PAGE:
Appetite control is, without question, the greatest pain of dieting. Hunger can transform a normal human being into a resentful, angry, verging-on-insane wreck of a person. And it is, of course, the number one reason why diets fail.
The sad truth of the matter is: whilst we can eat whatever type of food we want as part of an effective diet plan, we can’t eat as much of it as we’d like. The laws of physics are a cruel thing, but if we are to get anywhere in our pursuit for the body beautiful, I’m afraid that we have no choice but to work with them.
First of all, the basic hunger-avoiders must be covered. This means: enough total food (no over-the-top calorie deficits!), enough filling food, a good fluid intake (water is your friend!) and sticking to what you find is the best meal frequency for appetite control.
For the majority of dieters, the most filling nutrition plan tends to be one higher in fat and fibre. As for meal frequency- some people find ‘small and often’ is the best appetite suppressor, whilst others find larger, less frequent meals more effective for hitting the spot. There is no one-size-fits-all solution, and finding your perfect balance is something that may require some good old trial and error. This means a bit of eating experimentation, to determine the most effective use of your daily calorie allowance.
Of course, there will be times aplenty when ‘eating a good balance’ just won’t cut it for the hunger monster. So when you’ve nothing but the dregs of your daily calorie allowance left to play with, when a square meal- let alone a nice slice of cake- is out of the question, how do you satisfy those hunger pangs?
The answer is low calorie/high volume foods. This means foods that you can eat a LOT of, at a minimal calorie count. There are natural, nutrient-rich options, and there are sugar-free/fat-free, chemical filled options. Personally, I feel both have their place, but it comes down entirely to your personal preference. So- enough talk- what are they?
Here are some ideas:
- A bowl of salad greens, dressed with vinegar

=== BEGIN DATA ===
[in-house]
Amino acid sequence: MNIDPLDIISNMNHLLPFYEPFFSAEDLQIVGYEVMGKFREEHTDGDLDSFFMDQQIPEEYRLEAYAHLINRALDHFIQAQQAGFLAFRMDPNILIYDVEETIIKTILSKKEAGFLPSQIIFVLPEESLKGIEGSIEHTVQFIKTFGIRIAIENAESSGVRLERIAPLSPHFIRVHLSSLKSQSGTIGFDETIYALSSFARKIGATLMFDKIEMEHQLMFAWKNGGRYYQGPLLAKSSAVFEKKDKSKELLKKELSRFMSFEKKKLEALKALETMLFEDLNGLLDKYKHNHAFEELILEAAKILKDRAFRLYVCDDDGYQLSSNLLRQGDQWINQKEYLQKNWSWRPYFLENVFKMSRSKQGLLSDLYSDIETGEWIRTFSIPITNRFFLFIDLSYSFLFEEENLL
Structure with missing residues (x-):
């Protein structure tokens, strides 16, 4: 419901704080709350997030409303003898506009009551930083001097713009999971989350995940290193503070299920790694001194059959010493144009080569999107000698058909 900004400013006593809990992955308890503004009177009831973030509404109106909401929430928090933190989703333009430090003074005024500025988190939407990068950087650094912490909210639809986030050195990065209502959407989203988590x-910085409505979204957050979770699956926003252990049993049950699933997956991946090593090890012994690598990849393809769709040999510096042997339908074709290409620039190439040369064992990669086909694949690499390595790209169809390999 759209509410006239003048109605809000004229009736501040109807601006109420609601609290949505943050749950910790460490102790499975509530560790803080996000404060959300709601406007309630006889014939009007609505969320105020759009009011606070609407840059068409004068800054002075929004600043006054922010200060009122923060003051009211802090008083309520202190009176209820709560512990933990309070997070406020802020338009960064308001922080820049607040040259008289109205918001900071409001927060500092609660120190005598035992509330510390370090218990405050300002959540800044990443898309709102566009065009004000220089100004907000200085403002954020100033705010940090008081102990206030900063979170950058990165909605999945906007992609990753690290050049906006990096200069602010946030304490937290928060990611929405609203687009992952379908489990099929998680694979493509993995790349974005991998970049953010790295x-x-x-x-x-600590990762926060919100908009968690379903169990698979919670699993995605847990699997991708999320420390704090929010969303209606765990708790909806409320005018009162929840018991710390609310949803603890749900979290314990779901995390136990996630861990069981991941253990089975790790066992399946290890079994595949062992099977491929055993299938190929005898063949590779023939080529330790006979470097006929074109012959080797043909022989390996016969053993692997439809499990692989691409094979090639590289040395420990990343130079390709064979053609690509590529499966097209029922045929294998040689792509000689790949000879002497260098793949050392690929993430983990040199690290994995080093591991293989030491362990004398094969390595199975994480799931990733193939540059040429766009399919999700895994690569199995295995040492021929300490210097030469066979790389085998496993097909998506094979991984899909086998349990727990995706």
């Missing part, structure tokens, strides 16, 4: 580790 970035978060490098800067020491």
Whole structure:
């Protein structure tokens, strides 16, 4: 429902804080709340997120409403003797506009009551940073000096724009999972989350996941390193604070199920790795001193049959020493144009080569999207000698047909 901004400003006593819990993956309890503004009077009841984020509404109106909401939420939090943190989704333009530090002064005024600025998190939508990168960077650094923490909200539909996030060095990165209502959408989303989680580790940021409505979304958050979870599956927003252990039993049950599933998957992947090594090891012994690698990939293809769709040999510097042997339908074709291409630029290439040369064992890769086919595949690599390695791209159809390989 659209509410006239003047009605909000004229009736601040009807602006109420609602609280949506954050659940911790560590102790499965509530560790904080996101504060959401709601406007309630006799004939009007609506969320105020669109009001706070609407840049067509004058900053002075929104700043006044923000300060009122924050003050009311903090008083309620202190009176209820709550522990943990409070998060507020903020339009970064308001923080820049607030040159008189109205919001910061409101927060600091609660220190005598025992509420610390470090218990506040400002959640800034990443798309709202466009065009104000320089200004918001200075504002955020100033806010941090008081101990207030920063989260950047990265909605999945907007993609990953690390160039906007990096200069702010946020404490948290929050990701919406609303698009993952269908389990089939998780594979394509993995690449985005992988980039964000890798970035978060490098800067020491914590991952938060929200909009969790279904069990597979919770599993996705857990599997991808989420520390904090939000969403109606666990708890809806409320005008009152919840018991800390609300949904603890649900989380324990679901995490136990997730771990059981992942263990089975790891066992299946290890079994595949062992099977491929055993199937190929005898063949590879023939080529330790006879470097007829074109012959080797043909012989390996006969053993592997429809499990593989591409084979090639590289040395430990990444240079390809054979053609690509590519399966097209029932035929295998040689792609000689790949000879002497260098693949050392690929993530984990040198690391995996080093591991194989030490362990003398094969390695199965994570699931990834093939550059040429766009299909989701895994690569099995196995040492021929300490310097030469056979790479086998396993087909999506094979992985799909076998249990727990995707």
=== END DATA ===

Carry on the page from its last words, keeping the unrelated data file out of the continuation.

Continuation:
- Raw tomatoes, peppers, celery and cucumber
- Steamed asparagus with low-sodium soy sauce
- Steamed cauliflower with hot sauce
- Roasted pumpkin, butternut squash and zucchini, with low-calorie cooking spray
- Egg white omelette with low-calorie sweet or savoury filling (e.g. for a sweet filling, you could have berries, sweetener – I use Splenda or Stevia– and cinnamon; and a savoury filling could be peppers, mushrooms and hot sauce) made with low-calorie cooking spray
- Fat-free/sugar-free jell-O
- Fat-free/sugar-free pudding
- Ice blended with low-calorie flavour of choice (e.g. lemon juice and sweetener, coffee and sugar-free syrup, berries)
Of course, the above list is just the tip of the iceberg. Get creative – once you know some good low-calorie ingredients, it’s amazing what interesting and tasty combinations you can come up with for a calorie-friendly snack.
Despite all this, let me make one thing clear: you probably will get hungry. That is the nature of a fat loss diet- you are eating in a deficit, and sometimes you just have to accept the fact that hunger is to be expected. However, you should now be able to tame that hunger monster down from a life-dominating nightmare, to a minor annoyance, and that is going to make your diet plan sustainable.
Do you have any favourite tips and tricks for appetite control? Do share them below!